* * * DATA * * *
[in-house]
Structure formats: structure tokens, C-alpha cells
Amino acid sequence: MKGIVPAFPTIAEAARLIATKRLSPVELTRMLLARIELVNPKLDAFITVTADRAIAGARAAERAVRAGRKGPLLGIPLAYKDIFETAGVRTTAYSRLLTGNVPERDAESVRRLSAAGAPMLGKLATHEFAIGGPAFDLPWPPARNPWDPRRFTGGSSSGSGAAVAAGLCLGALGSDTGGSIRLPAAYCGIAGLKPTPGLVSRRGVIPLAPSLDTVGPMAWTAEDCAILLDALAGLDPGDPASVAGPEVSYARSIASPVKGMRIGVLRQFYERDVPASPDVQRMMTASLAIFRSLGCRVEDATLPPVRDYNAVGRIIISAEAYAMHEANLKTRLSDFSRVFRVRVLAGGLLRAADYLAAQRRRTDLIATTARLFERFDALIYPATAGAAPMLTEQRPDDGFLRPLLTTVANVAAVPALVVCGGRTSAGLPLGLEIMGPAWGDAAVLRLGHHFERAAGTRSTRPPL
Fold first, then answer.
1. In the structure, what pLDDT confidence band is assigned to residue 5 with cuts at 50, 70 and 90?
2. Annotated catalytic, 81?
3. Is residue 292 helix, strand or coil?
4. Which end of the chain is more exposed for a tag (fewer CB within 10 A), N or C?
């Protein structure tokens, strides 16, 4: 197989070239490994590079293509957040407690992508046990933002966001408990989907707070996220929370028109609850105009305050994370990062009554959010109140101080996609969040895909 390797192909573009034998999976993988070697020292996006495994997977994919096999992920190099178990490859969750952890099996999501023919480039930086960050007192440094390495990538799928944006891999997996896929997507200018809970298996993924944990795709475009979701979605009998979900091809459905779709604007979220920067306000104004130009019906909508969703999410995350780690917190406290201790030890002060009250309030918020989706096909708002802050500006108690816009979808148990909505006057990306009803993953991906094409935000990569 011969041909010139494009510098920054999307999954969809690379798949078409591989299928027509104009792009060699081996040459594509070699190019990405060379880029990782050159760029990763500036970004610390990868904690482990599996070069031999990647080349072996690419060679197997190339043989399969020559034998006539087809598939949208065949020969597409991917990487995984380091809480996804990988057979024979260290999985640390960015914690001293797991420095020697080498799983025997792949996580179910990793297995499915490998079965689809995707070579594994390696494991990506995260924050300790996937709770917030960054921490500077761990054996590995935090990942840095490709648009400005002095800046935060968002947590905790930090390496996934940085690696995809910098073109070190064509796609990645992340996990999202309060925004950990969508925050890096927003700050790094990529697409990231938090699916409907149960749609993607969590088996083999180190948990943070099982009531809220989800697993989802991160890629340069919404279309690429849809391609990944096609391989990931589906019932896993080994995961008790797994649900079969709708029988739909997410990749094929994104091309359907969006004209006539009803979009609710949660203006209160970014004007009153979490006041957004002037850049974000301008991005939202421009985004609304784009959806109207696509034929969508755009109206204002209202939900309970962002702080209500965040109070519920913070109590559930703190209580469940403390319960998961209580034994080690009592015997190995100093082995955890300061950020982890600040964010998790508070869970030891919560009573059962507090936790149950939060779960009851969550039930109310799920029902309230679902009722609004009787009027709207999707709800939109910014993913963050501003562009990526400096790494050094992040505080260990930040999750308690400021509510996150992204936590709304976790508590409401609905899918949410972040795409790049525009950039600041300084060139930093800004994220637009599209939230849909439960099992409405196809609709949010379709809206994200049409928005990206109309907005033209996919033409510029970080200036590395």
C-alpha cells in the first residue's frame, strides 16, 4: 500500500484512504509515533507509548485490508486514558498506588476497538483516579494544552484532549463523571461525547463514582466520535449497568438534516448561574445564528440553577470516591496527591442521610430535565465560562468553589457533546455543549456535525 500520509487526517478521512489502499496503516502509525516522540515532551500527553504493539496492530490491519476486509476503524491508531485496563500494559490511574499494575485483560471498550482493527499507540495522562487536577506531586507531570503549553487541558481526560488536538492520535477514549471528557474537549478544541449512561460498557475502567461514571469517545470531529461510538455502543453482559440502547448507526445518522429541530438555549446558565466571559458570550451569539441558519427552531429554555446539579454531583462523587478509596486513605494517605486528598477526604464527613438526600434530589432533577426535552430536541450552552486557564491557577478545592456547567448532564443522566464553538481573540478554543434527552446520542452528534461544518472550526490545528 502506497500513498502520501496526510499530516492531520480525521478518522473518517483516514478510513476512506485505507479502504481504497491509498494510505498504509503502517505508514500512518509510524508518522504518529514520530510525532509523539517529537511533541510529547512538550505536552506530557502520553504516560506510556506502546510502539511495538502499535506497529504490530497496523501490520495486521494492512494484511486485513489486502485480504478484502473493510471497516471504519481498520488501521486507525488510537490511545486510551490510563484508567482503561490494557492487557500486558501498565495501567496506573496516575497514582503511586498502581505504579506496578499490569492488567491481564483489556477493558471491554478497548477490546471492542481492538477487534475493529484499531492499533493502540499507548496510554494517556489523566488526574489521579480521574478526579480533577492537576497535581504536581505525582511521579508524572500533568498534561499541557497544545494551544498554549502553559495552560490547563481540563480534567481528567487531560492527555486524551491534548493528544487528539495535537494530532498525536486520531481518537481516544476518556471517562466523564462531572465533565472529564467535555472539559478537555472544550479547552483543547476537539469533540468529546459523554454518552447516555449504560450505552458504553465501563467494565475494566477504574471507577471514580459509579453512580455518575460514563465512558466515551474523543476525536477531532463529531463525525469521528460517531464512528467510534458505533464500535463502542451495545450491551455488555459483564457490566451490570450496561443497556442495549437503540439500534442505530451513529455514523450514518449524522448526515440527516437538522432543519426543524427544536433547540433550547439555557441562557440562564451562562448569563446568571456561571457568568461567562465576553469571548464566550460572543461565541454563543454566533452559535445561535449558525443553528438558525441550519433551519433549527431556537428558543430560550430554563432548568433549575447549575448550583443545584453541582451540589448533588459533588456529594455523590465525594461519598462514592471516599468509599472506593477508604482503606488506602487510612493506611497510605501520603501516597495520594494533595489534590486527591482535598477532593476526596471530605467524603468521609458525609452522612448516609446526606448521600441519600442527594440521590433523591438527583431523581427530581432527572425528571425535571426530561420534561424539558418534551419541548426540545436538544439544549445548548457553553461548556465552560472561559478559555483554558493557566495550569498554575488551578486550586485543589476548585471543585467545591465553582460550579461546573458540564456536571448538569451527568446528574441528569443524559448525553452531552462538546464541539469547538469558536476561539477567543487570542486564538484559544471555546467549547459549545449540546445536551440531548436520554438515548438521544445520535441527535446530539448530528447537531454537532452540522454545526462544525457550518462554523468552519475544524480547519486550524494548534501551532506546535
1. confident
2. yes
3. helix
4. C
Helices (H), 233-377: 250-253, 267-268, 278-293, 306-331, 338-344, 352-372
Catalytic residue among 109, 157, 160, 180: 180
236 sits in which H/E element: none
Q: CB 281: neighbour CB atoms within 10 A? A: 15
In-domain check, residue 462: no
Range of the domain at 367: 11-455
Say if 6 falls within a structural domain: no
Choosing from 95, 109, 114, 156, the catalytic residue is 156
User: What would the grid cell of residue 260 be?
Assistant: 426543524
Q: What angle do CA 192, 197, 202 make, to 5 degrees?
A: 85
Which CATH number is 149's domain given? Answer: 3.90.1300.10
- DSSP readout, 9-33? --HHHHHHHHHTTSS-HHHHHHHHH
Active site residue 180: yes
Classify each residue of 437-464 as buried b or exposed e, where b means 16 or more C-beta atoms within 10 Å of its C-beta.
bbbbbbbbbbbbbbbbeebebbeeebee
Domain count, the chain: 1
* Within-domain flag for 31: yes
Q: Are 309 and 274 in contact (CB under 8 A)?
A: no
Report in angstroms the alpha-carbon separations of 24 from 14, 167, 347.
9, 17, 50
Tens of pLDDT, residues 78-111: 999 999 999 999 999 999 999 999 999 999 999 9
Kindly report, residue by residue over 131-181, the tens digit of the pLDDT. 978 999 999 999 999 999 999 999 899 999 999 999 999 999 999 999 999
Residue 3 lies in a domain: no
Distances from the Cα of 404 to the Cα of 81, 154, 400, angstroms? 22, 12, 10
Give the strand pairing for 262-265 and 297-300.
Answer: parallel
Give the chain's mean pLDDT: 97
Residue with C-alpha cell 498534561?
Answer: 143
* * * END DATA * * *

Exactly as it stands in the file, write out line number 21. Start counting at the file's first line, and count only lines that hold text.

Say if 6 falls within a structural domain: no